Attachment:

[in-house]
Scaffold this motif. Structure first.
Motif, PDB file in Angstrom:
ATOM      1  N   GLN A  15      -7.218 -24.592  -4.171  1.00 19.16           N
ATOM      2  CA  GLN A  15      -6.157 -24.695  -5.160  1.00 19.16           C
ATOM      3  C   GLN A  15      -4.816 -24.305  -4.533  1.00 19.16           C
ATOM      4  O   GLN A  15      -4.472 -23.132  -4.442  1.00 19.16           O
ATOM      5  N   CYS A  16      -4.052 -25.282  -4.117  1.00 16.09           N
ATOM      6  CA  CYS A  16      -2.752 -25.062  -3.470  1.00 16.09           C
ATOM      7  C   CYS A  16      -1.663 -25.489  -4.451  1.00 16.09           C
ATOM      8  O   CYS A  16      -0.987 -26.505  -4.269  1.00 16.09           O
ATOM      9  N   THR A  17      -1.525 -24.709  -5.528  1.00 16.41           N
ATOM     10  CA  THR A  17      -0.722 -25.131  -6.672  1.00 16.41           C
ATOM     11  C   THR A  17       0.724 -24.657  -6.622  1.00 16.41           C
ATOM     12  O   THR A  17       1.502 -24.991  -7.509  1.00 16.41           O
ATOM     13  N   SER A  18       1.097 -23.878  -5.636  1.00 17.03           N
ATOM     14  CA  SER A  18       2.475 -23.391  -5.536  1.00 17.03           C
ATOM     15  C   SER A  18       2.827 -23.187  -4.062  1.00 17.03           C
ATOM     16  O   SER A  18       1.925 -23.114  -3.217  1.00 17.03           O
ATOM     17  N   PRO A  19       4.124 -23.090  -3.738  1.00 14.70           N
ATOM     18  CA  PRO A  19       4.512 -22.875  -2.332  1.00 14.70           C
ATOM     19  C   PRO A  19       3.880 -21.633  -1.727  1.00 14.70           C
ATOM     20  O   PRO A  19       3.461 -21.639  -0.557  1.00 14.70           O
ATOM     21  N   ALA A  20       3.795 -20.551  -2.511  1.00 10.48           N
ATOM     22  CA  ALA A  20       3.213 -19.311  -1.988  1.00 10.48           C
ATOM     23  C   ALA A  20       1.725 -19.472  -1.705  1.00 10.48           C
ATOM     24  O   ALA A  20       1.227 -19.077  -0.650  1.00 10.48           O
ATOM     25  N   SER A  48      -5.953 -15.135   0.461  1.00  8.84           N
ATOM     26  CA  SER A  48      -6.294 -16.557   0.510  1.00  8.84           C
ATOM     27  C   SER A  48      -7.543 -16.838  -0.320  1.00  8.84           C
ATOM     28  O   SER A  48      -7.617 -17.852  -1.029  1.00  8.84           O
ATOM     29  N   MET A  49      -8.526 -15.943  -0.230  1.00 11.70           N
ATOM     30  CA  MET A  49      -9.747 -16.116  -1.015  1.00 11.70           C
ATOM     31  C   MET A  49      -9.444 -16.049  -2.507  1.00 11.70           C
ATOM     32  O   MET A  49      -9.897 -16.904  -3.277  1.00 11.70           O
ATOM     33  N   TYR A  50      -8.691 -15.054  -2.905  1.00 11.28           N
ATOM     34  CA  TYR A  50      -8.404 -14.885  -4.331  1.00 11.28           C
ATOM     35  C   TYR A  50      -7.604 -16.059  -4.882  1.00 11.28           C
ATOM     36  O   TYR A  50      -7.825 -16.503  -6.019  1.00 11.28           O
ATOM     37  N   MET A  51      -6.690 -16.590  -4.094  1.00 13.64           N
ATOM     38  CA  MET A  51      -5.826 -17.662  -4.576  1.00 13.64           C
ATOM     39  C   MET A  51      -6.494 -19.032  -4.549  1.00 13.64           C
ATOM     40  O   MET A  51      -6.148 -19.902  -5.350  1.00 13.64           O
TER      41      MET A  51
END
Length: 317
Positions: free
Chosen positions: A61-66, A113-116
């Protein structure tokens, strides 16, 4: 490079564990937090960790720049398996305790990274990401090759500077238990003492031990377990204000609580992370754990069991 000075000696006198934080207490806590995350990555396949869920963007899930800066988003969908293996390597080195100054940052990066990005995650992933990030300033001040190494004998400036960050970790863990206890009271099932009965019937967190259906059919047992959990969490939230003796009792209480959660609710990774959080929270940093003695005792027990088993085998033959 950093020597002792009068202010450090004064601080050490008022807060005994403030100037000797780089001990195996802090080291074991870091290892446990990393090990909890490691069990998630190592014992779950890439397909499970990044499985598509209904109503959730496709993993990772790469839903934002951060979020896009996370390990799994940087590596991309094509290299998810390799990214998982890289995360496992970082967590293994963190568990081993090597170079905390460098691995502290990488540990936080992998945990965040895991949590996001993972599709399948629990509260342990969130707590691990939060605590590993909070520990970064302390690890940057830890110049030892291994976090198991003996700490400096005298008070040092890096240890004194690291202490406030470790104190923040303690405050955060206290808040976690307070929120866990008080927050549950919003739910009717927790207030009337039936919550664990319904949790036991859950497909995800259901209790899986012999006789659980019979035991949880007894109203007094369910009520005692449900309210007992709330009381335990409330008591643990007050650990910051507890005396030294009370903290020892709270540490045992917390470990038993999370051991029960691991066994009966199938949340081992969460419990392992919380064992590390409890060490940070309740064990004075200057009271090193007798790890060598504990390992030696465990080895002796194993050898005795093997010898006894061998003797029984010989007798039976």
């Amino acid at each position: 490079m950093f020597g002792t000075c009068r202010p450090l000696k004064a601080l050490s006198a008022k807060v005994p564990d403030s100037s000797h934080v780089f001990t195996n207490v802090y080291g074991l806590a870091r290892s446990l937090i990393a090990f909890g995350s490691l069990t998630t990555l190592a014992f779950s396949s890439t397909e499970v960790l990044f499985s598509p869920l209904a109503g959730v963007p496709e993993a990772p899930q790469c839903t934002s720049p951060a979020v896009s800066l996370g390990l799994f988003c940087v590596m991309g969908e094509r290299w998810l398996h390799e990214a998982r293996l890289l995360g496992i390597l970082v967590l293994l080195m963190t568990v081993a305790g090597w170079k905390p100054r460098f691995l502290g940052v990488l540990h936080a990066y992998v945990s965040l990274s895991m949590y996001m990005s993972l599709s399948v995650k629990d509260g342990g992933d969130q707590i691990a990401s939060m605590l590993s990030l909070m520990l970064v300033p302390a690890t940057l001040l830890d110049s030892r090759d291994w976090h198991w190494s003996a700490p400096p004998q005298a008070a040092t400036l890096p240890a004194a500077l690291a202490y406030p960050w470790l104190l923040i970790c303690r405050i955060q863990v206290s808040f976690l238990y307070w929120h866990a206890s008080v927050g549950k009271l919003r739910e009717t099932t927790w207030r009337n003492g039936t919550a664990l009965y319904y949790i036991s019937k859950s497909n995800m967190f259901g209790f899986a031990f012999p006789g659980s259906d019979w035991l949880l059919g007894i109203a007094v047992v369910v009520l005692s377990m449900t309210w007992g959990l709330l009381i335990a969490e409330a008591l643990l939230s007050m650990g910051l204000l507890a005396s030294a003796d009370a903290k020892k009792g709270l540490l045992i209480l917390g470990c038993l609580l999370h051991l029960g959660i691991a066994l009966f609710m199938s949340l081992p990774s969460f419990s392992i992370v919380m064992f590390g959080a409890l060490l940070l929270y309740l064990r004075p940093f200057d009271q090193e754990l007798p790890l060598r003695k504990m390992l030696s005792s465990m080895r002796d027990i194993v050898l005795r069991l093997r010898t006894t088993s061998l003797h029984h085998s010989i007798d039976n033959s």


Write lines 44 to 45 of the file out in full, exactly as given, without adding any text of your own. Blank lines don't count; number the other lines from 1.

TER      41      MET A  51
END